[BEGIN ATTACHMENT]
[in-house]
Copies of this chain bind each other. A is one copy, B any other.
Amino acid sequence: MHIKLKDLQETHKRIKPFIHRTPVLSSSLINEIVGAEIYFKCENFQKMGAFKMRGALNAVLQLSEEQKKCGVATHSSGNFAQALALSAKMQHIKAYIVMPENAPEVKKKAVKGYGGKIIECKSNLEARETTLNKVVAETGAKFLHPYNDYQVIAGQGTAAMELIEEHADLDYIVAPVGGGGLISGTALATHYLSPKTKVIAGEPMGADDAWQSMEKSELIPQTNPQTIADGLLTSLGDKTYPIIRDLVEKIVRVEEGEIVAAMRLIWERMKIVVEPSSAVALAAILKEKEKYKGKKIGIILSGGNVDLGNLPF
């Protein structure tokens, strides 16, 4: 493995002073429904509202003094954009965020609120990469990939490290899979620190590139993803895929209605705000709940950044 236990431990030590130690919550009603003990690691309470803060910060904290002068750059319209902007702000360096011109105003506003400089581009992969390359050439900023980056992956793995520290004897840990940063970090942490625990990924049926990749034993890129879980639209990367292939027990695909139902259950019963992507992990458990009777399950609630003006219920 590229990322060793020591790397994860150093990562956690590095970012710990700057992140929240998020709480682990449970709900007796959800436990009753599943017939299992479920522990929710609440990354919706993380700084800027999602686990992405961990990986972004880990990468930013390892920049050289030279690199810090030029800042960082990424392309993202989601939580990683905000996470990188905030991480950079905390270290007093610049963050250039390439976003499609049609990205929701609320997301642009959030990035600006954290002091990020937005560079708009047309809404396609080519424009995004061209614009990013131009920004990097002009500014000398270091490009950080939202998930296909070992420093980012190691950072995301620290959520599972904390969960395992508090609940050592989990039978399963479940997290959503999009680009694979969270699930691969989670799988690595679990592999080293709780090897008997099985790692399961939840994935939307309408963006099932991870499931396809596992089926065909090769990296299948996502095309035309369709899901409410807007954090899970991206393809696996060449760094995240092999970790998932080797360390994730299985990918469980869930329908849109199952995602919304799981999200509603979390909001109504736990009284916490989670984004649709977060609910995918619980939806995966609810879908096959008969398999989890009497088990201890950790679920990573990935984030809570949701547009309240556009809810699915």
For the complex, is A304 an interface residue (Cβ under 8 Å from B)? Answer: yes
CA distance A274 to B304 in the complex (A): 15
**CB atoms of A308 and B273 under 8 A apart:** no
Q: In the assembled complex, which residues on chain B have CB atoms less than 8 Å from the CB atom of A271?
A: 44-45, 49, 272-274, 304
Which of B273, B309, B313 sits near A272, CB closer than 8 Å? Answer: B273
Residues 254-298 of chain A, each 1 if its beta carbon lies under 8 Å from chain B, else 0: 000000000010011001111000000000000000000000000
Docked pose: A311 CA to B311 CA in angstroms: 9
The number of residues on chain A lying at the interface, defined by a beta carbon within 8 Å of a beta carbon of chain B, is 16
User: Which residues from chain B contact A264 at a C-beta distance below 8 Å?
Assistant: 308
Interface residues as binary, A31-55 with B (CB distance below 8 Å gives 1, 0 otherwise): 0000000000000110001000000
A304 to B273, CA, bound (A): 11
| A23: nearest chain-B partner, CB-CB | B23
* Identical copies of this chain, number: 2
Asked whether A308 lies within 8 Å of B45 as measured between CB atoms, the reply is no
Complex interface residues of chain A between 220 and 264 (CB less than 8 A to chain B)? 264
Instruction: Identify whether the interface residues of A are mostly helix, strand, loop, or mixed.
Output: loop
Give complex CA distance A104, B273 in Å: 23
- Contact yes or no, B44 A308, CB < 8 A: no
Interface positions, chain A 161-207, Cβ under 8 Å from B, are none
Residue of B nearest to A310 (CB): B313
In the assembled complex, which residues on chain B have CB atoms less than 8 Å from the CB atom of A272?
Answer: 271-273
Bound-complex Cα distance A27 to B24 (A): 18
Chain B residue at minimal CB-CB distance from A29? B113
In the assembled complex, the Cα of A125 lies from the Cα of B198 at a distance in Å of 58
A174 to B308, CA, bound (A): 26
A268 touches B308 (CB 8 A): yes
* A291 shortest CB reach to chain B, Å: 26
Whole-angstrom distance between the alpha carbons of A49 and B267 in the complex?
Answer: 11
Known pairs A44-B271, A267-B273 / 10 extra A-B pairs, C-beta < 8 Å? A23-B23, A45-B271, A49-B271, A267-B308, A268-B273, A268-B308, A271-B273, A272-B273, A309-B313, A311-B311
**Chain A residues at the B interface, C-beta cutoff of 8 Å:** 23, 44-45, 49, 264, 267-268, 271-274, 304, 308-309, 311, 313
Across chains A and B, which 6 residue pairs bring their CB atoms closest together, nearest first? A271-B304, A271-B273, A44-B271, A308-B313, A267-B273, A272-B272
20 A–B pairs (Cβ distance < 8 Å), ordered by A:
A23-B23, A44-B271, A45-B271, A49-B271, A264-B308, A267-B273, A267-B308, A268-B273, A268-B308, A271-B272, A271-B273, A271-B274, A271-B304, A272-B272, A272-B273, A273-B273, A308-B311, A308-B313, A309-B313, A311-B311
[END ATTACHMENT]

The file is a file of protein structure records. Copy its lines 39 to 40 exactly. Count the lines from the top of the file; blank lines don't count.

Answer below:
**Chain A residues at the B interface, C-beta cutoff of 8 Å:** 23, 44-45, 49, 264, 267-268, 271-274, 304, 308-309, 311, 313
Across chains A and B, which 6 residue pairs bring their CB atoms closest together, nearest first? A271-B304, A271-B273, A44-B271, A308-B313, A267-B273, A272-B272